When the chemical preservative sodium benzoate mixes with ascorbic acid (vitamin C), benzene forms as a by-product. Benzene is an aggressive carcinogen, even in minute amounts.
That's why I strongly recommend avoiding fruit-flavored soft drinks, which are often made with both sodium benzoate and ascorbic acid.
But now there is news that sodium benzoate itself could be responsible for DNA damage. Peter Piper, an English professor of molecular biology and biotechnology at Sheffield University, has been studying this common preservative for the past seven years. When he tested the impact of the substance on living yeast cells, he was alarmed to find that the benzoate was damaging the "power station" of all cells, the mitochondria.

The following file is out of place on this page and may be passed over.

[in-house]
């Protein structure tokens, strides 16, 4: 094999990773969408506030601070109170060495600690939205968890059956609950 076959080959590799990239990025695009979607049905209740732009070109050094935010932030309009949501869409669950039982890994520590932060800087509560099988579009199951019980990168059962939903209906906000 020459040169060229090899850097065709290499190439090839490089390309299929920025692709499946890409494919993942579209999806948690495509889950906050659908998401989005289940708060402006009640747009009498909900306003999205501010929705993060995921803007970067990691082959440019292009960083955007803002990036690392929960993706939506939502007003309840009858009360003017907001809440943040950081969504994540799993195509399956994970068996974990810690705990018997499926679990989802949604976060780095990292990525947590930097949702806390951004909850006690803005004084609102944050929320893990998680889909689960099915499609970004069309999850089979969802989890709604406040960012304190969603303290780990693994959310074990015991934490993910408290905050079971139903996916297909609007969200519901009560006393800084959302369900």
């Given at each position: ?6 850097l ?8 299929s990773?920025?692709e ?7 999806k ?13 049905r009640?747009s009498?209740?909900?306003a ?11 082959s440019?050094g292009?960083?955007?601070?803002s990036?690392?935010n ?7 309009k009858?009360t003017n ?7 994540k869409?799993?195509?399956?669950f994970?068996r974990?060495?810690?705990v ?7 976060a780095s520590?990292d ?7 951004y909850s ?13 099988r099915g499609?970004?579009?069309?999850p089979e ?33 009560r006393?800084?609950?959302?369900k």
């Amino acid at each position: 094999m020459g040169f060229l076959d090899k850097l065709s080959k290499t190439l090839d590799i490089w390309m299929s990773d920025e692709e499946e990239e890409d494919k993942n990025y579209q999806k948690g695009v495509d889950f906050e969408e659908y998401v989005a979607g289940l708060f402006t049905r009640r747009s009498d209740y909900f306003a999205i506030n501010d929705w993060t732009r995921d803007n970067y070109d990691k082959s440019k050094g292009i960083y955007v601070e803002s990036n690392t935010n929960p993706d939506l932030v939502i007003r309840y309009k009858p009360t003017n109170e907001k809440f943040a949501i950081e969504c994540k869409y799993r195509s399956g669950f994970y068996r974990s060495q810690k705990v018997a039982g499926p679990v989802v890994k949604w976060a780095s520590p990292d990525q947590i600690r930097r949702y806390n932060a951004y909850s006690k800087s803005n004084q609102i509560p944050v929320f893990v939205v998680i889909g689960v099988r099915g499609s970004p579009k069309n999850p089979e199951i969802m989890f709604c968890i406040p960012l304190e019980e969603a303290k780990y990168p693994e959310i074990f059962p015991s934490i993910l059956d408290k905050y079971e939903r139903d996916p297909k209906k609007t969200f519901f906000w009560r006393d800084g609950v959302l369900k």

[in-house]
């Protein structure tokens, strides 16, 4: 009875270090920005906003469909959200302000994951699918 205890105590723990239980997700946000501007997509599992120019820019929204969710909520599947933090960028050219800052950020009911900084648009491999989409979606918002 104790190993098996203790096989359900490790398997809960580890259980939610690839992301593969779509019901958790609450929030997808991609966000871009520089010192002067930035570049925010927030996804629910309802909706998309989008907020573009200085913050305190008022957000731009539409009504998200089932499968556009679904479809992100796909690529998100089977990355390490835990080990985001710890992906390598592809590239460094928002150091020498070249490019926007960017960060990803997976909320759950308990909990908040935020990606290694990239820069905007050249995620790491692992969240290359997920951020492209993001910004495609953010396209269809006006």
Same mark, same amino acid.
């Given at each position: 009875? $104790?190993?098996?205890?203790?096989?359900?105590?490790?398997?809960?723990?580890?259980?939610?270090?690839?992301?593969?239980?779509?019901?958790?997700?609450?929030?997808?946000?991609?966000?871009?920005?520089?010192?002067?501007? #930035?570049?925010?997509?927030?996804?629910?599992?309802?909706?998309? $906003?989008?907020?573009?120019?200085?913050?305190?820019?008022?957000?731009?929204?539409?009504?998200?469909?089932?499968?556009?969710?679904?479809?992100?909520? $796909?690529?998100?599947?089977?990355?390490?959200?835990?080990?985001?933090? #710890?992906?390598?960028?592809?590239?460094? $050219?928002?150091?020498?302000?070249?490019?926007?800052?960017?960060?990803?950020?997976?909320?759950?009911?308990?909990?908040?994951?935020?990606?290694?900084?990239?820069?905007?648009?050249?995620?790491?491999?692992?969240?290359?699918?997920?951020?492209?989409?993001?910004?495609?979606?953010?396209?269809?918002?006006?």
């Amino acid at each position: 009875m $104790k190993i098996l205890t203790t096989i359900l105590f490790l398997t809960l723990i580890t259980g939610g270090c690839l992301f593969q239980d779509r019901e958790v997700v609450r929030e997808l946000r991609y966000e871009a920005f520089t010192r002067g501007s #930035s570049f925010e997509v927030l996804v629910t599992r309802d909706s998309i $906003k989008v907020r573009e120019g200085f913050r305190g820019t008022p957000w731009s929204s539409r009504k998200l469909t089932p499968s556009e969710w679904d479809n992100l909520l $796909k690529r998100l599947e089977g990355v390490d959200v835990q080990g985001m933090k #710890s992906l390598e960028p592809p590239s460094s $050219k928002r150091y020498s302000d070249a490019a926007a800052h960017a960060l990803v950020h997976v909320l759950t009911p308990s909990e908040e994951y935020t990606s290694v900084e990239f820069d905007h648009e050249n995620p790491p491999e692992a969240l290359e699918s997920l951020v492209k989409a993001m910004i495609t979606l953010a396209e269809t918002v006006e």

Speaking to The Independent, Piper said, "These chemicals have the ability to cause severe damage to DNA in the mitochondria to the point that they totally inactivate it: They knock it out altogether."
Damage the energy production capacity of a cell, and the cell will begin to malfunction in a serious way. Piper suggests that a number of conditions, including Parkinson's, cirrhosis of the liver, and accelerated aging, can be linked to this type of damage.
The bottom line is this. We really don't know what many of the "harmless" artificial ingredients and chemical preservatives in our food will do to us. In most cases, the long-term effects are unknown. So, as always, stick to whole, unprocessed foods as much as possible. And think twice - make that three times - about buying soft drinks that contain sodium benzoate.